Oversight & Investigation
Officer-involved incidents resulting in great bodily injury or fatalities are escalated to the following State & County agencies for oversight and investigation.
1) Countywide Chief’s Protocol (SCLECA)
2) Sonoma County District Attorney (SCDA)
3) Sonoma County Grand Jury
4) CA Attorney General
California Use of Force Laws
Since 2015, California has been leading the way in complying with the recommendations from the President's Task Force Report and 21st Century Policing. (link) California has been providing a model for national efforts, passing a number of use of force and police transparency laws. The Petaluma Police Department Policies reflect these legislative changes. The following is a summary of the most recent legislation.
Assembly 392 (Weber)/Senate Bill 230 (Caballero): Peace officers: deadly force - Beginning 2019, the California Police Chiefs Association (CPCA) led law enforcement stakeholders in discussions that ultimately set a new legal standard for peace officers' use of deadly force in California (AB 392, Weber), and CPCA sponsored legislation, which set national precedent by establishing a minimum use of force policy standard for all departments (SB 230, Caballero). This law was adopted into law effective in January of 2020 and all relevant PPD policies have been updated.
Senate Bill 1421 (Skinner): Peace officers: release of records - Starting January 1, 2019, sections of the Penal Code which generally made all peace officer personnel records and information confidential and exempt from disclosure, except by motion in a criminal, civil, or administrative action were amended. The bill created exceptions that now allow the public to obtain peace officer records relating to the report, investigation, or findings of incidents regarding an officer-involved shooting at a person, the use of force by an officer resulting in death or great bodily injury, involving a sustained finding of sexual assault by an officer involving a member of the public, or a sustained finding of dishonesty by an officer directly related to the reporting, investigation, or prosecution of a crime or an investigation of misconduct by another officer. All PPD policies have been updated and we had no incidents in Petaluma to report except an officer involved fatal shooting from April 2018.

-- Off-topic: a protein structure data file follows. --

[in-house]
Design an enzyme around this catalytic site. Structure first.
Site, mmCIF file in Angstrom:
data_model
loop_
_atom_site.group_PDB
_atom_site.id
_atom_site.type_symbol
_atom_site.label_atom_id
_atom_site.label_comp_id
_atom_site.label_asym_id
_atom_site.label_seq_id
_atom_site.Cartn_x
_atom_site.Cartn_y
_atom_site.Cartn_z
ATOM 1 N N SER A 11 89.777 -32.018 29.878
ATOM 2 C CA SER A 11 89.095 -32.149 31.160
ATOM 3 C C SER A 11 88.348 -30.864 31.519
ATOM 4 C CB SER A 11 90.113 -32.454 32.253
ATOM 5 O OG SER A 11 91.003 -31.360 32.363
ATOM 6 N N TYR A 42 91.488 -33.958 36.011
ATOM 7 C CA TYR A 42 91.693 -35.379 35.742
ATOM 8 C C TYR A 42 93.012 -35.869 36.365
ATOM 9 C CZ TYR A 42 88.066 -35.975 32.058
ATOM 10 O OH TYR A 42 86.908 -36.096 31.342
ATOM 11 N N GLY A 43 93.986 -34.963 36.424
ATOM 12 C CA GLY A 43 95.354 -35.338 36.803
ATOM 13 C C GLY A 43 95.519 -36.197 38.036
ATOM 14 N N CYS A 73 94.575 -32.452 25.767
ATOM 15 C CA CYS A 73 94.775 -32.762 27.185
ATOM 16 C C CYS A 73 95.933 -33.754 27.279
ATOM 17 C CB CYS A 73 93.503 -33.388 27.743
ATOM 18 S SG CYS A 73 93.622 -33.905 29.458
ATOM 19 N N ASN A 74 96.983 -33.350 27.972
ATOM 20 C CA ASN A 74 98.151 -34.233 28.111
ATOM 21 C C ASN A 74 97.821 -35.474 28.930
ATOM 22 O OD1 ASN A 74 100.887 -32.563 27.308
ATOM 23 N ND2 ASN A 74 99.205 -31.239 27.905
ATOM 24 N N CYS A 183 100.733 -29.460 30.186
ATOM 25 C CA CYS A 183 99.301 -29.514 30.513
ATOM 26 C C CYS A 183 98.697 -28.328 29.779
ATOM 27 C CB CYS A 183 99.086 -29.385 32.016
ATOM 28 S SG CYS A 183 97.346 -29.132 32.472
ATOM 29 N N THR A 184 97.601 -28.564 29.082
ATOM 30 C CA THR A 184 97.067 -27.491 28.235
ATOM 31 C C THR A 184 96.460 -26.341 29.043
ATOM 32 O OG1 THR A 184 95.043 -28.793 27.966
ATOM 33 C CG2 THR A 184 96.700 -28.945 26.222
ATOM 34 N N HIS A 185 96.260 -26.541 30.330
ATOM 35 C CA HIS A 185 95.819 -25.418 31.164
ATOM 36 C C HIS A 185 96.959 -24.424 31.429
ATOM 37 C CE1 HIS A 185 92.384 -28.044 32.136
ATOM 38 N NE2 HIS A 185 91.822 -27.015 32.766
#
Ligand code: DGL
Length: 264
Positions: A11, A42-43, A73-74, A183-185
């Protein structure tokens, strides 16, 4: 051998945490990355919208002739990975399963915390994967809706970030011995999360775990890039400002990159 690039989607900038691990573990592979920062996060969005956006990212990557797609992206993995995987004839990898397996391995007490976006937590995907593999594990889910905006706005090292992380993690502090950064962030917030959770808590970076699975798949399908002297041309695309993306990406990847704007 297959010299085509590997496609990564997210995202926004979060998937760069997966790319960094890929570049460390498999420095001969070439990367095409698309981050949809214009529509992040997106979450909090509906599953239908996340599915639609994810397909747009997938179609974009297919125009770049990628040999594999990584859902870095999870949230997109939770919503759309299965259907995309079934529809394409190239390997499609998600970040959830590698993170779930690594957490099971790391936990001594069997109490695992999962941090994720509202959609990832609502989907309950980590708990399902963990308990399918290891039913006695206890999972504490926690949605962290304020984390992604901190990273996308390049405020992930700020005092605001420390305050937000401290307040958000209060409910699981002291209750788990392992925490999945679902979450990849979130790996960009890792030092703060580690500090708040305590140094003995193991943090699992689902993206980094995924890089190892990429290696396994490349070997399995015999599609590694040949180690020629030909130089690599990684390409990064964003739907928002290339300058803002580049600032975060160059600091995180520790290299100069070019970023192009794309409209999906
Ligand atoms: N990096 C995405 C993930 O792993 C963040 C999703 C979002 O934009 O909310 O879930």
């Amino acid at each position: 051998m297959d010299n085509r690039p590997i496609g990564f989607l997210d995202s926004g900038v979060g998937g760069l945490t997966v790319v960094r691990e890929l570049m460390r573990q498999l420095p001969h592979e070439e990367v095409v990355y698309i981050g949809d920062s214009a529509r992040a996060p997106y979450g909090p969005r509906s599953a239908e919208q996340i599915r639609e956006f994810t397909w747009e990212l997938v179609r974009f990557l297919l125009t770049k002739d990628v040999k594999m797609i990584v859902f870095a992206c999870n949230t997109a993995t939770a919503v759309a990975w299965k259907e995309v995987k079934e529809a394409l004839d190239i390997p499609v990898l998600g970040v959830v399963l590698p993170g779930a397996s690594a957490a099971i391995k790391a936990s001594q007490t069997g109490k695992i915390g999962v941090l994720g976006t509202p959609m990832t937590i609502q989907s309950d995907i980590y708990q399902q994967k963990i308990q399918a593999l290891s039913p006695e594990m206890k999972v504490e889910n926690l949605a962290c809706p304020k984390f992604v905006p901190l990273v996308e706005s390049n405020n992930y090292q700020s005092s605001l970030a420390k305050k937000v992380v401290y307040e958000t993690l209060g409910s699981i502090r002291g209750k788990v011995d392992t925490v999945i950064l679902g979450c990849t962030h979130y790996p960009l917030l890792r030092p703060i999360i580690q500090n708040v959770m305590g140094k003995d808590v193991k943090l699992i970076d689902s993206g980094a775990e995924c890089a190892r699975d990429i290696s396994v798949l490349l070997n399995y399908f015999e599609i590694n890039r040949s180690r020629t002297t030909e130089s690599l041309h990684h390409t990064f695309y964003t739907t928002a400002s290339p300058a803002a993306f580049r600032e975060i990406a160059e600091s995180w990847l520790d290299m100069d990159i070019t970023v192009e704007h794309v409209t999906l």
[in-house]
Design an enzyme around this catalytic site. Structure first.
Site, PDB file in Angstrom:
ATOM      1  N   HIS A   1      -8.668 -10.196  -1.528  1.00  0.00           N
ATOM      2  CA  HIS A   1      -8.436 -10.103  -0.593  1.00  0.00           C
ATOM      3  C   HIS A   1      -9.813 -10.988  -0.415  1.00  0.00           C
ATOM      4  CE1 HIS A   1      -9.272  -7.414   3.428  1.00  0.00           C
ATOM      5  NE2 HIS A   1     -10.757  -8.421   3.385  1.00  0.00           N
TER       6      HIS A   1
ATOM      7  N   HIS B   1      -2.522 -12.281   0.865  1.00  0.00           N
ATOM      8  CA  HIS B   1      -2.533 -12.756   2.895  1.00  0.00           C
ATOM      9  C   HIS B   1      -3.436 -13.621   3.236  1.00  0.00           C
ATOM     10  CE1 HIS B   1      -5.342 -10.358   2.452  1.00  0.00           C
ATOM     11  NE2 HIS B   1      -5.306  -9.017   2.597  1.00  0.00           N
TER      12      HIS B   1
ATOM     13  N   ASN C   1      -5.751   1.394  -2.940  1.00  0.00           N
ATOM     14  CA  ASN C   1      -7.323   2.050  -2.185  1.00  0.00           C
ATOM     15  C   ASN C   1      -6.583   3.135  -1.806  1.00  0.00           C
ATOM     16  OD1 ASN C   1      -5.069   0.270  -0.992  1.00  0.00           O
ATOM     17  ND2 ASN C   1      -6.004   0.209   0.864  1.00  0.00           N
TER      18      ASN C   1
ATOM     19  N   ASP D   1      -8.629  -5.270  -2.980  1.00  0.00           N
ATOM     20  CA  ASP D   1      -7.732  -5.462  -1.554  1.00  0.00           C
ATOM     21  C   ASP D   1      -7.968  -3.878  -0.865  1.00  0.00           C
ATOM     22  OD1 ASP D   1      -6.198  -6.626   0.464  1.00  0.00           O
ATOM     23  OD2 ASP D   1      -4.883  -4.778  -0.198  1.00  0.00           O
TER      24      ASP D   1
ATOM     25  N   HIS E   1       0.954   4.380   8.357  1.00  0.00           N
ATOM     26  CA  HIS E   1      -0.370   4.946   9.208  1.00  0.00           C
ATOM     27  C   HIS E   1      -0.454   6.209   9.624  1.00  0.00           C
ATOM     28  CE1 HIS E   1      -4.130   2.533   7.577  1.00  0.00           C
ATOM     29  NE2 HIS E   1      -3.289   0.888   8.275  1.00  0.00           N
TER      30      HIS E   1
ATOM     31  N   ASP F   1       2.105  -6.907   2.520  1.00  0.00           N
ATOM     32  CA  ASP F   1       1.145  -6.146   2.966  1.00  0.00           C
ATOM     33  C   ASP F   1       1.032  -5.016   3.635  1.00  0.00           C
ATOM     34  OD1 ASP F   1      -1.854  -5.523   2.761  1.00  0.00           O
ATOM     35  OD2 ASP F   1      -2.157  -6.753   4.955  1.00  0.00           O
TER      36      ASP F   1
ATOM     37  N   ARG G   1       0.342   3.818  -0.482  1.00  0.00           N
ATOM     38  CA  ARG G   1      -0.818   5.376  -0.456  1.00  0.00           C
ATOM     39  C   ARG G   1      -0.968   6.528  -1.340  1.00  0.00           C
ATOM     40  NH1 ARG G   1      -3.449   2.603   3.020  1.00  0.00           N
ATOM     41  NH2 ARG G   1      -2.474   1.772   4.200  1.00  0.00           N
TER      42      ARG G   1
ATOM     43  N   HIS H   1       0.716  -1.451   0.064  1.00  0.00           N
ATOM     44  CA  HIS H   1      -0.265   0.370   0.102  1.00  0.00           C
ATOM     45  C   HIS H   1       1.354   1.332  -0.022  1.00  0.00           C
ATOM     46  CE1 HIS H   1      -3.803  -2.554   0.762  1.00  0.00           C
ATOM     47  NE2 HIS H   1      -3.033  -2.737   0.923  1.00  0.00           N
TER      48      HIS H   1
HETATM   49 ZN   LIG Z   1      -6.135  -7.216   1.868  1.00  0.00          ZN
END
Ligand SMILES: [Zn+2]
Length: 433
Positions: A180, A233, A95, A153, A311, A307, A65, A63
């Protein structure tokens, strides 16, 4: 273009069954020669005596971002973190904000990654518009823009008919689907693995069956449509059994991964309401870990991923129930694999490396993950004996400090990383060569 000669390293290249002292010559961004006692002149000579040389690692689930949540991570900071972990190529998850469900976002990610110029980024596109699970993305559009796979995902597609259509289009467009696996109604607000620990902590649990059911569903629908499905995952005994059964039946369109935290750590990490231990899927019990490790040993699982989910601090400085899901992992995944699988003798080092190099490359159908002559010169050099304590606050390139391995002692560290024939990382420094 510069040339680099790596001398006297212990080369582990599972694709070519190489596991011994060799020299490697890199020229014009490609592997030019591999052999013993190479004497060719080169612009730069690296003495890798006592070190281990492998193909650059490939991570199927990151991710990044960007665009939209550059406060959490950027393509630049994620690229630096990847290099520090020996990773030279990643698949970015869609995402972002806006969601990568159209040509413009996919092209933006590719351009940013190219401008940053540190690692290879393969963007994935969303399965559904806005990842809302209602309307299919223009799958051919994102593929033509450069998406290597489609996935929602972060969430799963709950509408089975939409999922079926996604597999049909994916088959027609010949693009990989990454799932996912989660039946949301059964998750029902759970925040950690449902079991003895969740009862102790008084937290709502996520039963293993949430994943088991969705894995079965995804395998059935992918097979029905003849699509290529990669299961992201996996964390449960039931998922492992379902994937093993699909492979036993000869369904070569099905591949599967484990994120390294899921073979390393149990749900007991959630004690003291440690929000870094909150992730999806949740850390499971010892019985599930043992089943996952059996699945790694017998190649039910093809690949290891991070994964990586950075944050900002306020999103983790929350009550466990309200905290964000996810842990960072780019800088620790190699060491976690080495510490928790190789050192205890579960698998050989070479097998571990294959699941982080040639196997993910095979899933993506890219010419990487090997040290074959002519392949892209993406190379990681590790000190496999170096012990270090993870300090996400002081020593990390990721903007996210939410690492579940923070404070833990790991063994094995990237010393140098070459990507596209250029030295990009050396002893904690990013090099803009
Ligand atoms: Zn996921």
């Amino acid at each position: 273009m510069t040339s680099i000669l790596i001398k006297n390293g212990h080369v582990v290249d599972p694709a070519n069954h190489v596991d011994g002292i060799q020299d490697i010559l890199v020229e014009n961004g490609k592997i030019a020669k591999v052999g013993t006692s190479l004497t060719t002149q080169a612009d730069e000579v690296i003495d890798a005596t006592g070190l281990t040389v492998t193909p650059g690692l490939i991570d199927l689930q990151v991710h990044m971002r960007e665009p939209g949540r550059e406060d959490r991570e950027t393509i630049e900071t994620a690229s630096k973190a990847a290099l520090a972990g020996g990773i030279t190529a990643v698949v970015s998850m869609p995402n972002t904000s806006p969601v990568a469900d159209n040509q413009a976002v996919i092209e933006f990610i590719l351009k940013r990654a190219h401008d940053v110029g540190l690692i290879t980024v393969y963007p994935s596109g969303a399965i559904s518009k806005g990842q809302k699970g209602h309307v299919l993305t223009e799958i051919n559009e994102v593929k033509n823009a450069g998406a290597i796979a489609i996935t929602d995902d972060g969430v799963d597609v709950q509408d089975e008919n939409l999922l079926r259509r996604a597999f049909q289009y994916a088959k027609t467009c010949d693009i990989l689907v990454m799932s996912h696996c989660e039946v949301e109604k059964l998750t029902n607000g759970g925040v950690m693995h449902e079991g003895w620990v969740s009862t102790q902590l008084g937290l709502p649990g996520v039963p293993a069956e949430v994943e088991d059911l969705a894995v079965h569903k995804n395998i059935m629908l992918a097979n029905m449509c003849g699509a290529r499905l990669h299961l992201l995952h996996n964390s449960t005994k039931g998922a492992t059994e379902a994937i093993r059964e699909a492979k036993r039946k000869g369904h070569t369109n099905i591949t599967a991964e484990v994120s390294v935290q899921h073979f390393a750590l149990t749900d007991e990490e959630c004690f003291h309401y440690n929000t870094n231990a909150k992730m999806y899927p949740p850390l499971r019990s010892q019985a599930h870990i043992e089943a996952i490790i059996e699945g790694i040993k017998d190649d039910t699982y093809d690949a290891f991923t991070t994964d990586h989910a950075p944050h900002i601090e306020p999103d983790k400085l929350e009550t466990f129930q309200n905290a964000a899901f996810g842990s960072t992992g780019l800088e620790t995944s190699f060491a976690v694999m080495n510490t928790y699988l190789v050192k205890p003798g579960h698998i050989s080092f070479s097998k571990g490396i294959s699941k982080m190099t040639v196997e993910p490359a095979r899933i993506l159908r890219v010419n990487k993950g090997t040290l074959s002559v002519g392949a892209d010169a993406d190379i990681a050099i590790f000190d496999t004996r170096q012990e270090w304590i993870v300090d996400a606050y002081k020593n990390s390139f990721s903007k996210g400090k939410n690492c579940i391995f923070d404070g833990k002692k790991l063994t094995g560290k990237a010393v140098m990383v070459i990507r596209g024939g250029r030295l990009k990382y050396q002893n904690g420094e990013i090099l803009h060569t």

Assembly Bill 748 (Ting): Peace officers: release of records - Starting July 1, 2019, this bill amended Government Code Section 6254 requiring the release of video or audio recordings of incidents involving a discharge of a firearm and any use of force by an officer against a person resulting in death or great bodily injury. Recordings are to be made publicly available via PRA request within 45 days of the incident, with limited exceptions. PPD policies have been updated and we have not had a single incident to report.
Senate Bill 978 (Bradford): -Law enforcement agencies: public records - Starting January 1, 2020, the Commission on Peace Officer Standards and Training (POST) and all California police agencies were required to post on their website all current standards, policies, practices, operating procedures, and education and training materials that would otherwise be released via a PRA request. PPD policies were updated and all required information is posted on our Department’s transparency portal web page.